Scheduling Conundrum: The Human Development Gap

Aug. 17, 2021
At many organizations, technological advancement has been prioritized over investing in people and their skillsets.

When I entered the wonderful world of transit scheduling, I had no idea how fortunate I was to work at an agency where institutional knowledge and training in the field had been handed down from generation to generation. I started making schedules in the dark ages with paper and pencil and learning all the facets of the job that the computer would eventually replace. It was a good way to find out who had the ability and who really wanted to become a scheduler.

As a consultant, it became apparent to me that many agencies were unable to provide the required legacy information, instruction and support.

Craig Dunn, an Australian colleague, said during a recent conversation, “The real problem is management changed its investment in scheduling from human development to technological advancement.”

That statement, and additional correspondence that I have received, appears to suggest that this is an industry concern happening around the world in varying degrees.

Over the course of the past eight years, I have openly discussed the need for a formal organization and support group for schedulers with anyone who would listen. During a TCRP interview while working at LANTA, I even managed to slip the idea into the documentation for Synthesis 143: Managing the Transit Scheduling Workforce. If I ruled the scheduling world, there would be a governing body that would offer classes, certifications and ongoing support no matter where in the world they worked. There would be classes for aptitude analysis, informational videos and outreach programs. Classes would be led by veteran schedulers, along with a hot line and forum just to discuss scheduling and how to manage complicated issues for individuals and agencies.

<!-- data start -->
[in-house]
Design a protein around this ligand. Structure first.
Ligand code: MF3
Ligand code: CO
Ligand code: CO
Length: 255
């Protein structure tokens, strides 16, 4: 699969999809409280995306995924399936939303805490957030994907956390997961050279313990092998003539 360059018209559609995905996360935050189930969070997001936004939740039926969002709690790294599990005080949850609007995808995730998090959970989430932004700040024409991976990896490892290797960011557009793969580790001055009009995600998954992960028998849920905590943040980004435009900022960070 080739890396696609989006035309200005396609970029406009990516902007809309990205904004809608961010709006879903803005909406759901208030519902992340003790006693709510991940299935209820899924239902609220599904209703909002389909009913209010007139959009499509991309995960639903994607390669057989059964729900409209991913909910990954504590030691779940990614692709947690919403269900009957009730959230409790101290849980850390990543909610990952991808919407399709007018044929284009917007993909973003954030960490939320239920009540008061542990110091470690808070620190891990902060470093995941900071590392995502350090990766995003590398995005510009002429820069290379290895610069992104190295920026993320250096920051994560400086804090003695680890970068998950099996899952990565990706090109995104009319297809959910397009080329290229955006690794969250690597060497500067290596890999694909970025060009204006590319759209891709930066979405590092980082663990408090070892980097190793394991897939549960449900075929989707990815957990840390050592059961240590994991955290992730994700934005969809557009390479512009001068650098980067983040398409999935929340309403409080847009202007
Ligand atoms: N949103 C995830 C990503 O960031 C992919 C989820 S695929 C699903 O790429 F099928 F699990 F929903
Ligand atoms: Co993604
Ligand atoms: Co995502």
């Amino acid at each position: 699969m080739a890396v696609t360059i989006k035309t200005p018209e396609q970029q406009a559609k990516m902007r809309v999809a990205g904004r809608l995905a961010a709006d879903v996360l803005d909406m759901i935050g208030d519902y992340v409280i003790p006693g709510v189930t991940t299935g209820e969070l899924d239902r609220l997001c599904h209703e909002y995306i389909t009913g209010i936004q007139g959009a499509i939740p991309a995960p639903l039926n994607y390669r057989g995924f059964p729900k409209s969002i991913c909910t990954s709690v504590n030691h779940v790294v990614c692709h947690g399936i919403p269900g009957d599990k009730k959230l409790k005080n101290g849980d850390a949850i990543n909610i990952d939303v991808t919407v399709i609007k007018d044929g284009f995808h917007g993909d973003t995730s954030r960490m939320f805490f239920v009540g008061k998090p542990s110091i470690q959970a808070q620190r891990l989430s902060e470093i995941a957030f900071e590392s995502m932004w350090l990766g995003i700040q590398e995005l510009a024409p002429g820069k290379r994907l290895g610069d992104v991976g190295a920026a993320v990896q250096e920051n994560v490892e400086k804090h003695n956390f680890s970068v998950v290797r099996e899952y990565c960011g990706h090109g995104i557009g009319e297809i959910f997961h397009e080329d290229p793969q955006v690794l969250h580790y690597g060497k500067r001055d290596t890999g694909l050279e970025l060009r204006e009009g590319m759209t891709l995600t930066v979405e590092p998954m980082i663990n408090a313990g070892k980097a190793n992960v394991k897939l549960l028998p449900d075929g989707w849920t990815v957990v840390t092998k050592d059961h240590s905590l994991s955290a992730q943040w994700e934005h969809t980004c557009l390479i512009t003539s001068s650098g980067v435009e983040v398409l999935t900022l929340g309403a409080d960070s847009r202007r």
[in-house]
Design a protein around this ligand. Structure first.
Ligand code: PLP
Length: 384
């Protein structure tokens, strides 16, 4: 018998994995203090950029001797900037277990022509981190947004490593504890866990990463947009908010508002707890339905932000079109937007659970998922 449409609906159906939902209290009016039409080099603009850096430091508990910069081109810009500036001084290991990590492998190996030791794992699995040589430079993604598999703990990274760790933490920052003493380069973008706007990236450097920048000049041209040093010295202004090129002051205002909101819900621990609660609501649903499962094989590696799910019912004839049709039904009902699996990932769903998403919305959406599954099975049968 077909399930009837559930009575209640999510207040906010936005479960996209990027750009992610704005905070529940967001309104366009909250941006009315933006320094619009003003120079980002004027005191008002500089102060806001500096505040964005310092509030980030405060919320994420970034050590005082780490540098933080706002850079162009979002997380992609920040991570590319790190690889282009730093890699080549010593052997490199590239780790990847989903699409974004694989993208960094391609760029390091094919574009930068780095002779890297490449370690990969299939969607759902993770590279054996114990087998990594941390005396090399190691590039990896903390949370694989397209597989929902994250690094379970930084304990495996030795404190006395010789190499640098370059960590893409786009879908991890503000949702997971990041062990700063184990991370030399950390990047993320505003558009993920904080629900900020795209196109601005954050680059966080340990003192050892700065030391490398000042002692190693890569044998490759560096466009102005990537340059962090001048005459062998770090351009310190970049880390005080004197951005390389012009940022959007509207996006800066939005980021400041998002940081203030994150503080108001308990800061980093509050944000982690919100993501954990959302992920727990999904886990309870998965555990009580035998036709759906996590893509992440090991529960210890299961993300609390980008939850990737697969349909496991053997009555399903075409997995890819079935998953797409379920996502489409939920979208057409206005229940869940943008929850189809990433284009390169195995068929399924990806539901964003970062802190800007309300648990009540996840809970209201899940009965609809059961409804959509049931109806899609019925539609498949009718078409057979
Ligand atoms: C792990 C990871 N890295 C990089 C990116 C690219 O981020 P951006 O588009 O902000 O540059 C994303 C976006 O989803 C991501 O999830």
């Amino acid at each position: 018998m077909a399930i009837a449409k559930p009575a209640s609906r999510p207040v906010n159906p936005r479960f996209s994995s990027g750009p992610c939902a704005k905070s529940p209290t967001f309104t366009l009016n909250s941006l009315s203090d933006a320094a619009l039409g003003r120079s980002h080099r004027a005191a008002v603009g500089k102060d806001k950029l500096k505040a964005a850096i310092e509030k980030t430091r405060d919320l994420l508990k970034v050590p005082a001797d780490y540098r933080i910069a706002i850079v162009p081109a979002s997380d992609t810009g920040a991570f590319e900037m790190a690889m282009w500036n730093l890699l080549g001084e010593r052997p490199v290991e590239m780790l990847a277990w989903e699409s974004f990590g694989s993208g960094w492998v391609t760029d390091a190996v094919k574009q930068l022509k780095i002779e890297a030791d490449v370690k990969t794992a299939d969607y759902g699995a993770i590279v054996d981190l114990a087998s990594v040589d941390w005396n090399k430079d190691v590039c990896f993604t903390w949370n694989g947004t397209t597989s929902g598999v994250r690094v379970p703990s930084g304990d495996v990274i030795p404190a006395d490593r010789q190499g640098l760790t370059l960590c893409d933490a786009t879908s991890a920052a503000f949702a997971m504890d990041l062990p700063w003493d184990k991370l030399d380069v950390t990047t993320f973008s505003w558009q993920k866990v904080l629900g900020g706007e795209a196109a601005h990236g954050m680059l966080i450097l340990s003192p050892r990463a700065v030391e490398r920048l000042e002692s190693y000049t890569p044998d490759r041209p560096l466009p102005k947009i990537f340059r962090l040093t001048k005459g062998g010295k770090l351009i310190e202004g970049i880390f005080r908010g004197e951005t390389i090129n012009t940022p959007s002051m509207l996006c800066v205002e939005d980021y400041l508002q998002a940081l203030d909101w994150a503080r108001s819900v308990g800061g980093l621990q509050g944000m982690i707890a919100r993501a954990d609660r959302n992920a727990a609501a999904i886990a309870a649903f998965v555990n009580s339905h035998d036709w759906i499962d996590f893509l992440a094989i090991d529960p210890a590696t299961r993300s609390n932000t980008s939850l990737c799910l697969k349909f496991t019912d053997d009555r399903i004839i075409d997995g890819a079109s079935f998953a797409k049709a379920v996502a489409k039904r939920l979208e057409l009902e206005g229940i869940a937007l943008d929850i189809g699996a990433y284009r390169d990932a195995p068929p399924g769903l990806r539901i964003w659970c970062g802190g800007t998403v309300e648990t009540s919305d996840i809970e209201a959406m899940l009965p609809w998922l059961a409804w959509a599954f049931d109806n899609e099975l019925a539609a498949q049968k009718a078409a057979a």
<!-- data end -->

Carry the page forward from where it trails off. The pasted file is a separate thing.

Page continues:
The scheduling professionals would have training in the major software platforms so that a scheduler could also receive the ongoing and needed support that is lost after an initial software or schedule training course is completed. Rather than leave the training to individual consultants, it would benefit everyone if there was a recognized governing agency to oversee and administer the processes.

Consultants have varying degrees of competency (including me) and this type of program could offer certifications to ensure that when hired there is a baseline competency that an agency could expect to receive. I have had communication with various folks at APTA, CUTA, FTA, NTI and RTAP over the years, and representatives from several software companies. While some of the pushback I have received indicates that these might not be the right avenues for various reasons, I am convinced that something needs to be put in place on a scale that offers not only the weight but the validation of a multifaceted training and support organization. Remember, there are no college courses to teach this material.

It is evident that the human development gap in transit scheduling is increasing on a worldwide basis. If a hiring manager could weed out the candidates that are not a good fit before an interview, if the government agencies that fund transit realized what was at stake, if the general managers realized what they could achieve, would it influence any of them to look a little deeper and start a conversation? The real question is how to entice the right people to support what might seem like an outlandish idea and start a conversation in earnest to create such an organization that supports the schedulers and the industry.


Ed Dornheim is expert transit scheduler and consultant who has worked with various transit agencies across the United States and Canada.

About the Author

Ed Dornheim | Consultant

Ed Dornheim is expert transit scheduler with decades of experience beginning with the Southeastern Pennsylvania Transportation Authority (SEPTA) as a part-time Traffic Checker. He worked in various roles at SEPTA along with two stints in scheduling ending as a Chief Schedule Maker, as well as working as the Scheduling Manager at Hampton Roads Transit (HRT) and Scheduling and Planning Manager at Lehigh and Northampton Transit Authority (LANTA). 

He began consulting in 2015 with various transit agencies across the United States and Canada.